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CHARLIE CHAN AT MONTE CARLO(director: Eugene J. Forde; screenwriters: Jerry Cady/Charles S. Belden/from a story by Robert Ellis and Helen Logan; cinematographer: Daniel Clark; editor: Nick De Maggio; cast: Warner Oland (Charlie Chan), Keye Luke (Lee Chan), Virginia Field (Evelyn Grey), Sidney Blackmer (Victor Karnoff), Edward Raquello (Paul Savarin), Harold Huber (French Police Inspector, Jules Joubert), Kay Linaker (Joan Karnoff), Robert Kent (Gordon Chase), George Lynn (Al Rogers), John Bleifer (Ludwig), Georges Renavent (Renault); Runtime: 71; Twentieth Century-Fox; 1937)
“Warner Oland’s final appearance as Charlie Chan…”

Reviewed by Dennis Schwartz

Warner Oland’s final appearance as Charlie Chan is one of the weaker episodes in the long running series. The story was too muddled. Charlie and number one son, Lee (Luke), are in Monte Carlo for a brief gambling vacation before going to Paris, where Lee’s art work will be in an exhibition contest. When their taxi breaks down before they catch the train to Paris, they are forced to walk and come across a luxury car with a dead bank messenger (Renavent). The chauffeur, Ludwig (Bleifer), is also missing. A sports car is speeding away from the crime scene. Charlie on further investigation finds a rhinestone by the car and footprints in the sand.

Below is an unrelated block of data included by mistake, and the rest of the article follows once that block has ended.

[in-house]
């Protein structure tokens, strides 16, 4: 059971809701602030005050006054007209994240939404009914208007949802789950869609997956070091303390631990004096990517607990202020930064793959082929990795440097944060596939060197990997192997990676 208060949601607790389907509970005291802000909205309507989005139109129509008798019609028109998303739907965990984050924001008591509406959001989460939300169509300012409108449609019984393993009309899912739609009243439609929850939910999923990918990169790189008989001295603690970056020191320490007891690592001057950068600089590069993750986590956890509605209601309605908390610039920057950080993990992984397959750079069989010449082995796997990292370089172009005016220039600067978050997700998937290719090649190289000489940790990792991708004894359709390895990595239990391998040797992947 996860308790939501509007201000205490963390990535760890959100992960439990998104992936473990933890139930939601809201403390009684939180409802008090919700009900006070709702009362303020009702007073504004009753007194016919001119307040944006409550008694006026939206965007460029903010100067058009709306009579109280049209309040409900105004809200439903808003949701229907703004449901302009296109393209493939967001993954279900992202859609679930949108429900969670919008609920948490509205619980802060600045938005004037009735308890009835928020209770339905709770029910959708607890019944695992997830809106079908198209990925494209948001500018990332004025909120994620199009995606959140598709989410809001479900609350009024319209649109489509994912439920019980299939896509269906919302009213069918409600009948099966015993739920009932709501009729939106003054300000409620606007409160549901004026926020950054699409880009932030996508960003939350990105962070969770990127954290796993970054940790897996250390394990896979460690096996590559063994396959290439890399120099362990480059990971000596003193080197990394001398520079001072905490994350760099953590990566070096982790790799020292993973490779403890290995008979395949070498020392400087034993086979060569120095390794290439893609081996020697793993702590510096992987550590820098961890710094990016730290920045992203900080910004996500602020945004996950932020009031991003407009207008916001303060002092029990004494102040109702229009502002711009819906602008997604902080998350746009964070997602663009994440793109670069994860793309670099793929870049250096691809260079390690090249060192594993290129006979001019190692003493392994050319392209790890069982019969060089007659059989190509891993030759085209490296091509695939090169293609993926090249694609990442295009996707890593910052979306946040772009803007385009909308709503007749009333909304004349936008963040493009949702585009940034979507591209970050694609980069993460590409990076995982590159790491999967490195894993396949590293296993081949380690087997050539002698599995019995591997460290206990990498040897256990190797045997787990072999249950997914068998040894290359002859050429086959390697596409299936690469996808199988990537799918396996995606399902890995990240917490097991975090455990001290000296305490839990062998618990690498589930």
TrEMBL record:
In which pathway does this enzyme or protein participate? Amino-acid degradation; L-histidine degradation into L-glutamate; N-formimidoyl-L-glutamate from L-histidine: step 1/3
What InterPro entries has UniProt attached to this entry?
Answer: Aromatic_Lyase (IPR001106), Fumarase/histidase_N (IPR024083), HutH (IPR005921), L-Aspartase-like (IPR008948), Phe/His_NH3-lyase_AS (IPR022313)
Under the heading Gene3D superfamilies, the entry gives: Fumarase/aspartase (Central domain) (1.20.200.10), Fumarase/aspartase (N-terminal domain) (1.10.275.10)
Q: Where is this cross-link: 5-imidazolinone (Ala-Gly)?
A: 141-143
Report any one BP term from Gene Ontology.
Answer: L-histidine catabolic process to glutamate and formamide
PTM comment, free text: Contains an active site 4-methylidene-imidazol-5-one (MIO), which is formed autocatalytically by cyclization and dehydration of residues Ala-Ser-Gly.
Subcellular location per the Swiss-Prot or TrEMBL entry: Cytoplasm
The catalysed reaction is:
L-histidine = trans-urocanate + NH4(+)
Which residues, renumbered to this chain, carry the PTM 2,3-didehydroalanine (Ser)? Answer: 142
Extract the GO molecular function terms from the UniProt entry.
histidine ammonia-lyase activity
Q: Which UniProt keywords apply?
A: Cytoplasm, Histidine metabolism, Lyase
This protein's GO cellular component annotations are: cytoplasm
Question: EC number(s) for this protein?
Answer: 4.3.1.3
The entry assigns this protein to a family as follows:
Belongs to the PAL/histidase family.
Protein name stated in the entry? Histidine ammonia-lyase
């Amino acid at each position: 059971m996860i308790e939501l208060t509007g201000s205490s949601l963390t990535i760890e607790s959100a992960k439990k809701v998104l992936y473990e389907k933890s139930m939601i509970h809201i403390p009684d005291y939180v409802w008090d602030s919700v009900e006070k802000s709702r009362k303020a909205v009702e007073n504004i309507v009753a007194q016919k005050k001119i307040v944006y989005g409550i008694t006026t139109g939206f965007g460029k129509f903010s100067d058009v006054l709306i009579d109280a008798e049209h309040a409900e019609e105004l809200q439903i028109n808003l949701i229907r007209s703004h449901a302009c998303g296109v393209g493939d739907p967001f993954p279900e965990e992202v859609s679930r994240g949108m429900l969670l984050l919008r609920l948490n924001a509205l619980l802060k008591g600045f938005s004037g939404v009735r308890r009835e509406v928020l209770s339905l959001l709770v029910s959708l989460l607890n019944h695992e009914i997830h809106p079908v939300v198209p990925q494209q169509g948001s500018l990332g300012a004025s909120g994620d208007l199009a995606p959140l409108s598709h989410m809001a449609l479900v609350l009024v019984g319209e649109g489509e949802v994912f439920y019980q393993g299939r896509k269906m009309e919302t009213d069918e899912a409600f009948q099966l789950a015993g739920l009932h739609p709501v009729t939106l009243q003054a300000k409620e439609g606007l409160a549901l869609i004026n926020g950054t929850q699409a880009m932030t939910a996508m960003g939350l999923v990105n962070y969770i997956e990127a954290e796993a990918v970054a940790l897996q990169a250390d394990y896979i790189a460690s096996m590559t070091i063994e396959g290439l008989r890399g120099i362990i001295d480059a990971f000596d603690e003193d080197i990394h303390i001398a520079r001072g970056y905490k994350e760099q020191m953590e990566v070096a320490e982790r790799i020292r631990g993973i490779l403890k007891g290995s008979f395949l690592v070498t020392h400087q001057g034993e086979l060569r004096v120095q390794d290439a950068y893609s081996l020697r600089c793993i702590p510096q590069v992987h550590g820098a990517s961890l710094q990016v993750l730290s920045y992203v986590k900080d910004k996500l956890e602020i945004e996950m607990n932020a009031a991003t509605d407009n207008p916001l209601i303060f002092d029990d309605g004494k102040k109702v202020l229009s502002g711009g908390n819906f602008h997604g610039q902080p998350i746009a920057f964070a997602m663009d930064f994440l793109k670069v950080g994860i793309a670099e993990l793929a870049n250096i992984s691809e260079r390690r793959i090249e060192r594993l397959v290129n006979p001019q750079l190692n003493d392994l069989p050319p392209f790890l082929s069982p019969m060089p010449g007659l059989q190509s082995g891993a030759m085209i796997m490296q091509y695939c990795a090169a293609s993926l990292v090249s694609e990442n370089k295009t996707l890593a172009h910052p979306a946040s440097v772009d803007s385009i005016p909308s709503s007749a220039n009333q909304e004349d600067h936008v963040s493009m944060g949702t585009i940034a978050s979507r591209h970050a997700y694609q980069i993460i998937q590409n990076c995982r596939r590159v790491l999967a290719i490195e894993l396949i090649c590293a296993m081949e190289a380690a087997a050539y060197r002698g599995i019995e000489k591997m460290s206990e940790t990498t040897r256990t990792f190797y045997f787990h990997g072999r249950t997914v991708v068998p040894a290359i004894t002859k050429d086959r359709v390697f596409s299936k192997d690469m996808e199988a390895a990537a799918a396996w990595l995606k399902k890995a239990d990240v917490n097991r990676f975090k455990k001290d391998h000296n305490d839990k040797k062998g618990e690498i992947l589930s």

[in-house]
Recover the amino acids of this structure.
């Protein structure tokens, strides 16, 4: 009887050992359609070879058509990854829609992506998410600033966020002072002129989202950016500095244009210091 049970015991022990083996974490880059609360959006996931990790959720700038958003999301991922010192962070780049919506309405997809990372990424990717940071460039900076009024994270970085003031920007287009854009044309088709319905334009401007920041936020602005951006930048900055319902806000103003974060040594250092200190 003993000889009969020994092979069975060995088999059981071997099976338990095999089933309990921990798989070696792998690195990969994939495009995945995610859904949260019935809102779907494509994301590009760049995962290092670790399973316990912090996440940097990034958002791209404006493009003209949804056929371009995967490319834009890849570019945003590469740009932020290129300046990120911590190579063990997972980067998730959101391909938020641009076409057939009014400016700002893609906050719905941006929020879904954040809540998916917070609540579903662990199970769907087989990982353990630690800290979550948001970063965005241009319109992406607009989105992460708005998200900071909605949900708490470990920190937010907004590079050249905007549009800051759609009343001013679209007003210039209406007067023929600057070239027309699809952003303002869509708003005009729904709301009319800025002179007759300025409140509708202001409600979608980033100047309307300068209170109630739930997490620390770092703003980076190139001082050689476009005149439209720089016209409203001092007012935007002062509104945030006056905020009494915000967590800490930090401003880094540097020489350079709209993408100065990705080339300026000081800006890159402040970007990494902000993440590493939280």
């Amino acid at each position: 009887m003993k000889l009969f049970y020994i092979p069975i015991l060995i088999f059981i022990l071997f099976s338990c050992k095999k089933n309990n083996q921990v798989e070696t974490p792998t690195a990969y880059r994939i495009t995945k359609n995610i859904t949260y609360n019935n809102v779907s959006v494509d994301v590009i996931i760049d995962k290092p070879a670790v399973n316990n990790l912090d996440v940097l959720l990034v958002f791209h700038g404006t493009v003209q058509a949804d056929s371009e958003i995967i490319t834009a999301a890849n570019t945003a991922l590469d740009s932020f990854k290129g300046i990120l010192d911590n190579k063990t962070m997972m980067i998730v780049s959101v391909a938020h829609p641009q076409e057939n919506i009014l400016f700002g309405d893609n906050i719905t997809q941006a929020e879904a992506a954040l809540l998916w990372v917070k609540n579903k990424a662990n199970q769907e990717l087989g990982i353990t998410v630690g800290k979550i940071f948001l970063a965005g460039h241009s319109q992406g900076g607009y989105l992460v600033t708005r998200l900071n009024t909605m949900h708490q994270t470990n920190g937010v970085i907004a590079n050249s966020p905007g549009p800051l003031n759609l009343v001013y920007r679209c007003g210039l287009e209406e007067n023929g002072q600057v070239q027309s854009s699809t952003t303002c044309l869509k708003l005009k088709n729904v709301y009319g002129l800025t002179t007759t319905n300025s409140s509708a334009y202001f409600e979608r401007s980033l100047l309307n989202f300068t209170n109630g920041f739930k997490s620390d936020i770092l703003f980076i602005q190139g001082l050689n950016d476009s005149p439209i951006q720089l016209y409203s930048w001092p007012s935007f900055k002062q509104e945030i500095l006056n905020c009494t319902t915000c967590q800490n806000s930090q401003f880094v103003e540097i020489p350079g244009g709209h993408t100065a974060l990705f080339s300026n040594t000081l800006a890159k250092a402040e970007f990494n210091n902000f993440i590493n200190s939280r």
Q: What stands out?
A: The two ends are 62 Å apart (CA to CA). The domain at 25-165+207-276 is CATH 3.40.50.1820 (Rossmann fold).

On the night the murder was committed Gordon Chase (Kent), the brother of Joan Karnoff (Linaker), learns from his sister that $25,000 in securities is missing from her wealthy husband Victor’s (Blackmer) safe. Gordon tells his sister to get it back to him immediately, since Victor is dumping these metallurgic securities on the market to cause financial woes on his main rival Paul Savarin (Raquello).

Joan was once married to an American, Al Rogers (Lynn), who has a history as a petty thief back in Chicago and is working as a bartender in the Hotel Imperial. She was never divorced and is now being blackmailed for the bonds. In exchange for the bonds he will not reveal that she’s still married. But Al refuses to return the blackmail money to Joan and she’s forced to pawn her jewelry.

Victor tells the police the dead messenger was carrying a million in bonds and accuses Savarin of the crime, but he also says he’s not worried because he was insured. The police also discover that Rogers tried to sell $25,000 in bonds that were Victor’s. Charlie’s friend, the police chief, Jules Joubert (Huber), finds the owner of the sports car is Evelyn Gray (Virginia Field) and Charlie discovers it was her rhinestone he found. On a police check they find Evelyn is a 24-year-old Londoner with no source of income but living in one of Monaco’s best hotels, dressed in furs, and driving an expensive sports car. Upon questioning, she admits she saw the dead man but did not kill him.

The chauffeur is found dead in a marsh near the crime scene. Charlie and Jules then discover Roger’s body when they go to question him, as the murderer tried to make it look like a suicide and left the bag with the stolen bonds in his room. But Charlie notes there are $200,000 in bonds missing and brings all the suspects together to tell them that the one who took those missing bonds and then put them back in Victor’s safe, is the killer of three people and is presently in the room.

It comes down to looking at the blackmail angle and the romantic triangle, and from those clues the wily Charlie puts it all together. For comedy, Lee’s misuse of French leads to some embarrassing situations and Joubert’s choppy English and inflated pride in his bumbling police department leads to some amusing moments.


Dennis Schwartz: “Ozus’ World Movie Reviews”